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Forecasting Algal Blooms in Drinking Water Supplies
New Jersey

Problem Definition

Algal blooms (AB) in potable water supplies are becoming an increasingly prevalent and serious water quality problem around the world. AB events can cause taste and odor problems, damage the environment, and some algal classes like cyanobacteria (blue-green algae) may release toxins that can cause human illness or even death. There is a need to develop models that can accurately forecast algal bloom events on the basis of predictive water quality and meteorological information. Given the multitude, interplay, and complexity of the various controlling environmental factors, modeling and forecasting AB is a daunting challenge. This research focused on the feasibility of using artificial neuralnetwork (ANN) technology as an accurate, real-time modeling and forecasting tool. Previously-collected data from a NJ water utility served as the test case. AB forecasting periods included one-week and two-weeks prior to the event. Despite a less than ideal number of historical AB events, the high predictive accuracy achieved in this study indicates that with sufficient data, both in terms of the number of historical AB events and availability of important predictor data, ANNs can serve as reliable, accurate, real-time AB forecasting


Despite the relatively small number of data events available for training, the ANN models (several hundred models developed and assessed) generally performed well during validation, achieving relatively high correlation coefficients and accurately predicting sudden and significant changes in algal populations. The models developed with both one-week and two-week ahead prediction periods accurately predicted formation and dissipation of AB events, as well as the relative increase and decrease in cell counts.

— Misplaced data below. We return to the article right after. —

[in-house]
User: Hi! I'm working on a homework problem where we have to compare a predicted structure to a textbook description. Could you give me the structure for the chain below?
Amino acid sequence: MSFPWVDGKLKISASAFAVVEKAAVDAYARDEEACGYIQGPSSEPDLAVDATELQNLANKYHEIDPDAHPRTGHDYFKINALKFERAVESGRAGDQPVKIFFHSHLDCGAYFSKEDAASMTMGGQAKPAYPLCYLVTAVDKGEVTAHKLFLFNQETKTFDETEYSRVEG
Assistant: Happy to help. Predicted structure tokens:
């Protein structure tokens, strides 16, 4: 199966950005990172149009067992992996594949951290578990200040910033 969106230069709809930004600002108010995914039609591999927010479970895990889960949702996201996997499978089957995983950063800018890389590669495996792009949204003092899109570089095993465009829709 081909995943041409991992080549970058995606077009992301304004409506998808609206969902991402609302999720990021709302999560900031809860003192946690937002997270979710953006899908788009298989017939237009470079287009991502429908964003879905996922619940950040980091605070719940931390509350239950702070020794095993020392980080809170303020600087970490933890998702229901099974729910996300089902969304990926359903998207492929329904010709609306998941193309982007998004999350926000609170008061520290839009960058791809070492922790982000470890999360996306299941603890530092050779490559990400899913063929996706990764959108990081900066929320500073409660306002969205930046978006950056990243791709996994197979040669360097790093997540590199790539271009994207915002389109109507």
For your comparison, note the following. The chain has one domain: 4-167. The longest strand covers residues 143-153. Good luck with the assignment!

Figures 1, 2, and 3 provide a visual assessment of model performance for three representative cases. The validation figures also depict the initial algal count corresponding to the beginning of the prediction event, so that relative changes in algal counts (Final), and evaluation of ANN prediction performance (ANN) is more transparent.

One of the critical issues of this study was a rudimentary assessment of the existing data and analysis as to what sampling strategies might improve forecasting capability. It was found that select water quality variables, including so-called “limiting nutrients”, were identified as relatively non-essential for accurately forecasting algal counts in this system. These findings agree with the experience of water utility personnel, who believe that these constituents generally exist within a range of concentrations that neither diminish nor propagate algal populations. Despite a very limited number of available data sets, the ANN models performed well in most cases during validation, accurately predicting large changes in algal cell populations. The degree of accuracy was surprising, given the complexity and non-linear behavior of algal populations, inherent data “noise”, and the relatively small number of historical events available for model training. While not definitive, the results strongly indicate that the ANN models learned underlying relationship between select water quality and meteorological parameters, and algal cell concentrations at this WTP. This is supported by: 1) relatively high model accuracy and overall consistency between training and validation results; 2) consistency in performance for different types of models (single value outputs and classification) and input structures (original and revised); 3) consistency between modeling results and physical intuition/system understanding; and 4) comparatively poor performance of linear models.

This study was funded by the New Jersey Department of Environmental Protection, Division of Science, Research and Technology. The Research Project Summary is available in PDF format for downloading, and the final report (NOAH, 2006) may be accessed at http://www.state.nj.us/dep/dsr/wq/finalreport-june2006.pdf.